Web 2.0: What is working for you?

As part of a plan to teach Web 2.0 and multimedia tools to user services staff at our health sciences library, I would like to get feedback from MAC members who use such tools in their library work or teach them to others.

This would include tools such as RSS feed aggregators, blogs, wikis, social bookmarking, online citation management, podcasting, YouTube, and other online applications.

I’d like to know the following:

1. Key ways Web 2.0 tools help you do your work (examples of how tools have helped you, your unit, or users accomplish tasks and achieve goals)

2. Best way(s) to help others learn to use these tools effectively

3. Specific tools you particularly recommend

4. Other suggestions or thoughts

To respond, please add your comment to this post, OR

Email me at bob_ladd@unc.edu to respond privately by email or to set up a phone appointment.

Thanks for your time and input!

Bob Ladd

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7 Responses to Web 2.0: What is working for you?

  1. Paul Levett says:

    Bob, blog comments are an incredibly useful tool in getting that all important audience participation. During this year’s PCL informatics lectures with 200 first year medical students, my colleague Laura had the inspired idea of posting three questions to the library blog and asking the students to post in the comments box under each question the references they found from doing their own databases searches. Laura then commented on how good/bad the references were i.e. foreign language, 20 years old, etc. teaching the students important information literacy principles. They loved this kind of immediate feedback. I followed Laura’s example last week when I presented to a class of 25 DC high schoolers on health information on the internet – I got a round of applause at the end and positive feedback because I had made the class interactive.

    • Robert Ladd says:

      Thanks a lot Paul. I’m excited that I have already gotten three comments on this post. I’m hopeful that this will encourage more participation in the blog overall.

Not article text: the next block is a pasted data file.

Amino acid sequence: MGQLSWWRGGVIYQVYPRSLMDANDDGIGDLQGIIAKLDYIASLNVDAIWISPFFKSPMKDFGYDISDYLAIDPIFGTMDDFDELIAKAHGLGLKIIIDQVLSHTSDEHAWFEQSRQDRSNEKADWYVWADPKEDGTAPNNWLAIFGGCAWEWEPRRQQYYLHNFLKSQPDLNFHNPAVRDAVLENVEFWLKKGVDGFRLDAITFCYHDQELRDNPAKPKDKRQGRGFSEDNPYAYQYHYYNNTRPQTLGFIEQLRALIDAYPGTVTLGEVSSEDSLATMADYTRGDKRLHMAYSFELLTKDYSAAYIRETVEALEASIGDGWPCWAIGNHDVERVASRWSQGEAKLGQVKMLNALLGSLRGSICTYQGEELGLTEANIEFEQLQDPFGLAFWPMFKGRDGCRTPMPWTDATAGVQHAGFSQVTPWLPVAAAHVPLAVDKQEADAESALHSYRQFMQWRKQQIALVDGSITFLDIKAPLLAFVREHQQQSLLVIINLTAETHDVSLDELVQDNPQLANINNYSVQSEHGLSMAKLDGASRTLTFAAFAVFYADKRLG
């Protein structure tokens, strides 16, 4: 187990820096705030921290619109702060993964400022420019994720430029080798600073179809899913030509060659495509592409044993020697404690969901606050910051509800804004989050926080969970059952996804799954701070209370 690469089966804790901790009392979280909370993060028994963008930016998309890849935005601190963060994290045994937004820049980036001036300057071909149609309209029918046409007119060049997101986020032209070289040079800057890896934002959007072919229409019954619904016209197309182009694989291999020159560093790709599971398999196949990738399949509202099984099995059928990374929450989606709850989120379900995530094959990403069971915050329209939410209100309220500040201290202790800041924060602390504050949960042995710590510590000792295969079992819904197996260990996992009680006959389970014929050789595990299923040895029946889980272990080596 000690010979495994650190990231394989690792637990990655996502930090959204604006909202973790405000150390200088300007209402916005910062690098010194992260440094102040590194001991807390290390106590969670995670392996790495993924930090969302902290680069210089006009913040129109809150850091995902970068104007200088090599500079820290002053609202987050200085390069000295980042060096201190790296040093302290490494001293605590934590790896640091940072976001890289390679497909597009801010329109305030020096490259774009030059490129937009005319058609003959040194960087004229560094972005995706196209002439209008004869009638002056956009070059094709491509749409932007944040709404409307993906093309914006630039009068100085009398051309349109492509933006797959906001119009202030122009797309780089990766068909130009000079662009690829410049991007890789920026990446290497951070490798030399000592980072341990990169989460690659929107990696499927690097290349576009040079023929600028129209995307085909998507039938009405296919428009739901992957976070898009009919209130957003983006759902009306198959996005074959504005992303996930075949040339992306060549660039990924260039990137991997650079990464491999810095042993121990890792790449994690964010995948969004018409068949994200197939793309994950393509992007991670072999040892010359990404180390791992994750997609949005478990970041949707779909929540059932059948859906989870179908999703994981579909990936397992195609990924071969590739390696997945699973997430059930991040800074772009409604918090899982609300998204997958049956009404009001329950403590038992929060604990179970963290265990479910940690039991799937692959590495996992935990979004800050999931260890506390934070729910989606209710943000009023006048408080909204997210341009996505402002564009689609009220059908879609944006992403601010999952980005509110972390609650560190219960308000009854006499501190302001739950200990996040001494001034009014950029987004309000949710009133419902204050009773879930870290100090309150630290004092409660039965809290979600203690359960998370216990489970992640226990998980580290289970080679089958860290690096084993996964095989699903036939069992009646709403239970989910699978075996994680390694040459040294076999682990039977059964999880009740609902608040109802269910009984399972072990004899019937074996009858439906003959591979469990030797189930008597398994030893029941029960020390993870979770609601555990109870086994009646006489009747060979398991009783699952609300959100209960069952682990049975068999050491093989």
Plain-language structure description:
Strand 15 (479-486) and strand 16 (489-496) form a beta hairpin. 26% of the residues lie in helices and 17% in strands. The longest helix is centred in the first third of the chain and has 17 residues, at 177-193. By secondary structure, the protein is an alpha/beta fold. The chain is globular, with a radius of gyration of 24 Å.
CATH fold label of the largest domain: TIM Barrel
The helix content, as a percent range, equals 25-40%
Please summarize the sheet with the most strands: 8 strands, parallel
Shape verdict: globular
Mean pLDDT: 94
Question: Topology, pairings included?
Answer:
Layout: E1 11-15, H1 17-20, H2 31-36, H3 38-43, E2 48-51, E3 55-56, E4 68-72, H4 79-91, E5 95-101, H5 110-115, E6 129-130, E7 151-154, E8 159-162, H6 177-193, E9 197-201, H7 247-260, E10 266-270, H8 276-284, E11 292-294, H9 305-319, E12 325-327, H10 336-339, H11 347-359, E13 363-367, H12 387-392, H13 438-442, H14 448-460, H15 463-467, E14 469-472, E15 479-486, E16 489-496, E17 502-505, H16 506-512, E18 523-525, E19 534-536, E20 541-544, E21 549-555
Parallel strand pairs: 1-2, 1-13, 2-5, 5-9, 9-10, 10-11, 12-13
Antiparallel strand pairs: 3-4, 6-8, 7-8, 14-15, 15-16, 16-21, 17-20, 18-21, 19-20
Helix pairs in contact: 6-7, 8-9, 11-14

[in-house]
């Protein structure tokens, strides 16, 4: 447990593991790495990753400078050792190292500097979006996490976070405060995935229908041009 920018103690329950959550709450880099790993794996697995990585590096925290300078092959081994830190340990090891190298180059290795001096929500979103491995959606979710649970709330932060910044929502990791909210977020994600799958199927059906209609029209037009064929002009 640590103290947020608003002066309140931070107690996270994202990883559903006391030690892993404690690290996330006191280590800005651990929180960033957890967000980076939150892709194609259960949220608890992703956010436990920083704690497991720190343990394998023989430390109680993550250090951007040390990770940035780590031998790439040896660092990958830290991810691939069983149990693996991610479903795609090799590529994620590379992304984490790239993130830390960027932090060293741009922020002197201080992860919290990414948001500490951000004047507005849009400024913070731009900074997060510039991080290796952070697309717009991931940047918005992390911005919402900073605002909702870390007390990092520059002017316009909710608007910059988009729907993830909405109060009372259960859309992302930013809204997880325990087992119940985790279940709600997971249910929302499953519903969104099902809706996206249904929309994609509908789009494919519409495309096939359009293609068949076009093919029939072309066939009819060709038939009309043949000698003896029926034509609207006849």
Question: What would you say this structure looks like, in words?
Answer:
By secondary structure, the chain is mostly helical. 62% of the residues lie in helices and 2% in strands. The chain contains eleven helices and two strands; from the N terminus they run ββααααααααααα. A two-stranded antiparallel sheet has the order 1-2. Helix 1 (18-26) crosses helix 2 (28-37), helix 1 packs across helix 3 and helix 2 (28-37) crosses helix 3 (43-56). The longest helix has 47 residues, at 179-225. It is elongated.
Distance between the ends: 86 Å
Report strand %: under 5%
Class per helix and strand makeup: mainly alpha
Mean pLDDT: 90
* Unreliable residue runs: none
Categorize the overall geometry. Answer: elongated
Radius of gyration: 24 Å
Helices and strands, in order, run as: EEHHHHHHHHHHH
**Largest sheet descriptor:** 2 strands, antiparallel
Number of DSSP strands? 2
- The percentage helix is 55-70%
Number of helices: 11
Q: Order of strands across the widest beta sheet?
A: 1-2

I’m interested to learn that you have found blog comments to be a effective way to make instruction interactive… definitely worth thinking about!

  2. Lori Graham says:

    1. Key ways Web 2.0 tools help you do your work (examples of how tools have helped you, your work group, or users accomplish tasks and achieve
    goals)

    The Jameson Blogspots allow me to get out CME and Library information to physicians and students. I created to Blogspots: One blog is for CME and Library and the other is for the School of Nursing. It gives the student and medical staff a source to find information in one place pertaining to resources for CME and research.

    2. Best way(s) to help others learn to use these tools effectively.

    I have orientation every year for students. For the freshmen, I have a brief time during orientation week, and then during computer orientation I get more specific on resources. For seniors, there is a brief time during their orientation and then I get more specific during the Psychology rotation. The student do a presentation on topic for the Psych and for their last Med Surg. I show them how to obtain the resources and how to utilize Google Docs.

    In using Google Docs spreadsheets for my library survey, I was approached by the IT department to show another department how to use the form feature to create a “survey” form for extended patient days. They now use it to keep track of the whys and whos of patients staying longer than the projected days.

    3. Specific tools you particularly recommend

    I found blogs are most helpful. As a solo librarian, I am finding difficulty fitting the wiki into my relm. I like to use Google Docs for sharing materials.

    4. Other suggestions or thoughts
    The use of the blogs has made me more popular…which is a good thing.